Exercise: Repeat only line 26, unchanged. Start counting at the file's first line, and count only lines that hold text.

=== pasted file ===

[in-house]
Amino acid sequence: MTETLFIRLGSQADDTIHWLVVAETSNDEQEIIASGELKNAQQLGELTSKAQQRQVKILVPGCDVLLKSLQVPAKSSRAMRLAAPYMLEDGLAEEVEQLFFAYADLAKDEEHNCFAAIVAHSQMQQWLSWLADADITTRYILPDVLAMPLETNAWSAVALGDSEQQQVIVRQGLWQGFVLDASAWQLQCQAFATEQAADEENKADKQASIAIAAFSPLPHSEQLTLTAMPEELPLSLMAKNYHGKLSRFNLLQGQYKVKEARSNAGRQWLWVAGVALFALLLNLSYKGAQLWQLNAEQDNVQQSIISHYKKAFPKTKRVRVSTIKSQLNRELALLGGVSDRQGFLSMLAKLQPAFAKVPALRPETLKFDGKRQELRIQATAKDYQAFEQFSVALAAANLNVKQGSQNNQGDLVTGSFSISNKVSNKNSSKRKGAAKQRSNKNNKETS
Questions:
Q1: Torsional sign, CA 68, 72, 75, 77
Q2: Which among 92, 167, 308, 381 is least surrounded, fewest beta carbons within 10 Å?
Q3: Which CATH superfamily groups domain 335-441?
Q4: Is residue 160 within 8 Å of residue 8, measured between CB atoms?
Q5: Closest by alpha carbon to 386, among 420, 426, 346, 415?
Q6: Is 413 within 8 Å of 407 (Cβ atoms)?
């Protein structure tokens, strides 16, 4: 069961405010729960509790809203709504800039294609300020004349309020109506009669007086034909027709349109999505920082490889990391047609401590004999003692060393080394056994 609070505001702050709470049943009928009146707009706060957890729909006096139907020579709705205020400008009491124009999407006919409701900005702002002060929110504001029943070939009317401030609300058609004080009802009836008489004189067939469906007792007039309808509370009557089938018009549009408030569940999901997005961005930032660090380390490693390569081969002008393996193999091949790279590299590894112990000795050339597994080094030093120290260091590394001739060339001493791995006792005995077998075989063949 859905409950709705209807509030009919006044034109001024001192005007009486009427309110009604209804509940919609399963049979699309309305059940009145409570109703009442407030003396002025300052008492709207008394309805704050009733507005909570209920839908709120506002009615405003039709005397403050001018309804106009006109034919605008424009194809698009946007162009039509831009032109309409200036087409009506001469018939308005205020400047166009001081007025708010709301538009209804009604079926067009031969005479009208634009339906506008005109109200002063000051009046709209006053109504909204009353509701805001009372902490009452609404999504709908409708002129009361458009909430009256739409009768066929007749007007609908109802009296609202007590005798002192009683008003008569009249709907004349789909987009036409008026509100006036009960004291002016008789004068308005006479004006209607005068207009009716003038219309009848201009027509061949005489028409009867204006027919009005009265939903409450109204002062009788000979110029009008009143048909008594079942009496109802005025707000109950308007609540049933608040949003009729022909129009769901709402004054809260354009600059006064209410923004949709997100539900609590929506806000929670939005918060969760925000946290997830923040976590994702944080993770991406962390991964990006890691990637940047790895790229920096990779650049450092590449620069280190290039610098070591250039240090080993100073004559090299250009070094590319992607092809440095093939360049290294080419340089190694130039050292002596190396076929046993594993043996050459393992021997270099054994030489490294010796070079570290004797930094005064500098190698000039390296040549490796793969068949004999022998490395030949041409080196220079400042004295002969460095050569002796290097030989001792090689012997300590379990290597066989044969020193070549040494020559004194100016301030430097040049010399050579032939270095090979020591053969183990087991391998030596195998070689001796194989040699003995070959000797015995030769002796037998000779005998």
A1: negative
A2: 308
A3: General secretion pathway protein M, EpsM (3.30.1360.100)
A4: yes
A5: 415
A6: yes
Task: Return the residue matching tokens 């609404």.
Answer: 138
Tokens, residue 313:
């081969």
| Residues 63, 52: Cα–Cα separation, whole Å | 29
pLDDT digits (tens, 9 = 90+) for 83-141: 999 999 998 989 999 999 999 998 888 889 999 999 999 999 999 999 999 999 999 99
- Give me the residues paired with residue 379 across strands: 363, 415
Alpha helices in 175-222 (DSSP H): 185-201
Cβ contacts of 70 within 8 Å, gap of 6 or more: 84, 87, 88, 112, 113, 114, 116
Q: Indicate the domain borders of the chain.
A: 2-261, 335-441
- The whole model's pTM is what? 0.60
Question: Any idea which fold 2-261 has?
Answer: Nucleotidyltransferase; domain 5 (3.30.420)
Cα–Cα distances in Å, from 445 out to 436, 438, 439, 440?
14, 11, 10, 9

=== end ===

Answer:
Q: Indicate the domain borders of the chain.